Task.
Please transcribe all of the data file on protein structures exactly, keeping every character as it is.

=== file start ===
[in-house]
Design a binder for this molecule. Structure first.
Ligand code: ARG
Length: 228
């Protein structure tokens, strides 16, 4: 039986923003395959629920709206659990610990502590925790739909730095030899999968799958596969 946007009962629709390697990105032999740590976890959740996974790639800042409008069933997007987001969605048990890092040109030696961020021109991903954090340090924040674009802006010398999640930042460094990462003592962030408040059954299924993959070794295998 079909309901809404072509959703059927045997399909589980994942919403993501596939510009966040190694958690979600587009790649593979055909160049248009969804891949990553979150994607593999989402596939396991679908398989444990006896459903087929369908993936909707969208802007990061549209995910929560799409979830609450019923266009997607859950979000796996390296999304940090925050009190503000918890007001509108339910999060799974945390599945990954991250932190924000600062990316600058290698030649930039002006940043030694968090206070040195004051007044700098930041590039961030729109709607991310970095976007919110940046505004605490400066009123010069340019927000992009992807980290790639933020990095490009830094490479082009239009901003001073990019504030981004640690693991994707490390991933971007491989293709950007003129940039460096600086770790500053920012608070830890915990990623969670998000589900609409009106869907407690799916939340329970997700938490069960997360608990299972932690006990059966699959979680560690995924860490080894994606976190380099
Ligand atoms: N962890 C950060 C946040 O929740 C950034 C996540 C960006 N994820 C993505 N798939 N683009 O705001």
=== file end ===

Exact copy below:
[in-house]
Design a binder for this molecule. Structure first.
Ligand code: ARG
Length: 228
């Protein structure tokens, strides 16, 4: 039986923003395959629920709206659990610990502590925790739909730095030899999968799958596969 946007009962629709390697990105032999740590976890959740996974790639800042409008069933997007987001969605048990890092040109030696961020021109991903954090340090924040674009802006010398999640930042460094990462003592962030408040059954299924993959070794295998 079909309901809404072509959703059927045997399909589980994942919403993501596939510009966040190694958690979600587009790649593979055909160049248009969804891949990553979150994607593999989402596939396991679908398989444990006896459903087929369908993936909707969208802007990061549209995910929560799409979830609450019923266009997607859950979000796996390296999304940090925050009190503000918890007001509108339910999060799974945390599945990954991250932190924000600062990316600058290698030649930039002006940043030694968090206070040195004051007044700098930041590039961030729109709607991310970095976007919110940046505004605490400066009123010069340019927000992009992807980290790639933020990095490009830094490479082009239009901003001073990019504030981004640690693991994707490390991933971007491989293709950007003129940039460096600086770790500053920012608070830890915990990623969670998000589900609409009106869907407690799916939340329970997700938490069960997360608990299972932690006990059966699959979680560690995924860490080894994606976190380099
Ligand atoms: N962890 C950060 C946040 O929740 C950034 C996540 C960006 N994820 C993505 N798939 N683009 O705001």